faint of heart

faint of heart,
also faint-hearted

Meaning

  • to not be strong enough to handle a situation.
  • to be weak.
  • shortage the bravery to face something complicated or unsafe.
  • lack the courage to tackle a tough or dangerous situation.

Example in Sentences

  1. This movie is not for those who are faint of heart. You better go to bed right now.
  2. I am not among the faint of heart. I can bear this news just as much as anyone else.
  3. Nobody knew that such a strong man would be faint-hearted. It broke me to see him cry at his wife’s funeral.
  4. Nobody can remain faint of heart throughout their lives. You will have to toughen up too.
  5. Can you believe that he is so faint of heart that he would jump if he saw even a domestic animal at his home?
  6. Are you faint-hearted? If not, then proceed, else I would caution you to not take this ride at the funfair.
  7. You cannot still think that I am faint of heart after I went through the horror maze all by myself!
  8. I saw a horror movie at night last week and fell faint of heart.

Origin

The phrase originates from the medical world, where someone who is faint of heart is required to not be put through anything stressful. Consequently, people who were not able to handle stress were referred to as faint of heart.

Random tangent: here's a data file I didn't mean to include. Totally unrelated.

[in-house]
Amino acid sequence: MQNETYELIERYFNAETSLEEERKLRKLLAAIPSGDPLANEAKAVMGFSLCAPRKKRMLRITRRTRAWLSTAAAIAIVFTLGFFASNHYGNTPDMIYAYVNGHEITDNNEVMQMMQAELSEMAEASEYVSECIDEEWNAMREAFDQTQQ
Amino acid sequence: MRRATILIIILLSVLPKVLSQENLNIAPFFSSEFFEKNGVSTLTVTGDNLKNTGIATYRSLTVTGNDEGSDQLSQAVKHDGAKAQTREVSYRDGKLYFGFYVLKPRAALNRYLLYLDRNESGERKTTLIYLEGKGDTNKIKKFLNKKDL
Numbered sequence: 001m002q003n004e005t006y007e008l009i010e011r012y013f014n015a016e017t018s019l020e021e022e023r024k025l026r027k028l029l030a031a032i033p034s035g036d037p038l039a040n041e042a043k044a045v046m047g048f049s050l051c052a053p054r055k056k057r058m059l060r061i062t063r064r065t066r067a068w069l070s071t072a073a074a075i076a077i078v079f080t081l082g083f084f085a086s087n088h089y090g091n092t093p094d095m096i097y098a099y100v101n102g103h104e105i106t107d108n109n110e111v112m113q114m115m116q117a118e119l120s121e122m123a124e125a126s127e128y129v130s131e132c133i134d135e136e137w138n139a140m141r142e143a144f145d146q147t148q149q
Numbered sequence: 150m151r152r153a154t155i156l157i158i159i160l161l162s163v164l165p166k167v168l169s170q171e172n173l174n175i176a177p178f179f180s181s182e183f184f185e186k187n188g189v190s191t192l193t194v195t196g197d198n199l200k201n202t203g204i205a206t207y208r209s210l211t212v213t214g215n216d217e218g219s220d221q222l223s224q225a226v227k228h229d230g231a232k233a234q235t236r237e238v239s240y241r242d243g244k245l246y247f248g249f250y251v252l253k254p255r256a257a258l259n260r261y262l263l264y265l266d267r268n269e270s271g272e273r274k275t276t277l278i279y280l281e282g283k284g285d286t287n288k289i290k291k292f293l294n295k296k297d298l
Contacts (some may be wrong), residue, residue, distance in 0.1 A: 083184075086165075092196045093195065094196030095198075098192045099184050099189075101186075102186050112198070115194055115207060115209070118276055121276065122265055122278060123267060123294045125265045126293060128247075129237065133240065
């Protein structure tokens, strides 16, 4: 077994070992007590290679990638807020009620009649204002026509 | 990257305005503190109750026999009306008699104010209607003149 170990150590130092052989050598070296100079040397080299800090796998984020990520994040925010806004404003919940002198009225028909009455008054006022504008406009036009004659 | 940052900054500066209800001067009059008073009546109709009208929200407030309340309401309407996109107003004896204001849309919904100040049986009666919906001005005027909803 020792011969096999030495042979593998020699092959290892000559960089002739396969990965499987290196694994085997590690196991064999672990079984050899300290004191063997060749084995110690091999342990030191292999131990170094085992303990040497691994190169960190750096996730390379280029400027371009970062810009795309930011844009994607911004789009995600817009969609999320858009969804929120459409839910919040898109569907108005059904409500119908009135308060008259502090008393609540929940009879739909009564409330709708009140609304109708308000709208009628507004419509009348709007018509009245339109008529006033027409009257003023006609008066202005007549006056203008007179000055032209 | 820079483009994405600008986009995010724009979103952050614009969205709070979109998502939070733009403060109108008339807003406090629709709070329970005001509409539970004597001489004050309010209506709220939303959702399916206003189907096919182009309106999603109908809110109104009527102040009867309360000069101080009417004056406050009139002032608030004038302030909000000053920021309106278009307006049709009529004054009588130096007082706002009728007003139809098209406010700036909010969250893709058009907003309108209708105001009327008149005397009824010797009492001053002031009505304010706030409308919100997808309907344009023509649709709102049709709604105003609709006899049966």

One of our users, Angela White, suggests that the phrase “faint-hearted” dates from around 1400 and means cowardly, timorous, growing weak or unable to rise to the occasion. Faint derives from the Old French “faint” or “feint”, which meant “false, deceitful, weak, or cowardly” from the past participle of “feindre.” In the Adages of Erasmus (c.1545) comes the phrase “faint heart never won fair maiden.”

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F 1 Thought

1 Thought

Faint-hearted dates from around 1400 and means cowardly, timorous, growing weak or unable to rise to the occasion. Faint derives from the Old French ‘faint’ or ‘feint’ which meant false, deceitful, weak or cowardly from the past participle of ‘feindre’. In the Adages of Erasmus (c1545) comes ‘Faint heart never won fair maiden.’

- Angela White June 15, 2022

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Idiom of the Day

all in all

Meaning: considering everything that has happened

Example: She may not be brilliant, but all in all I think she did quite well in her exams. Read on

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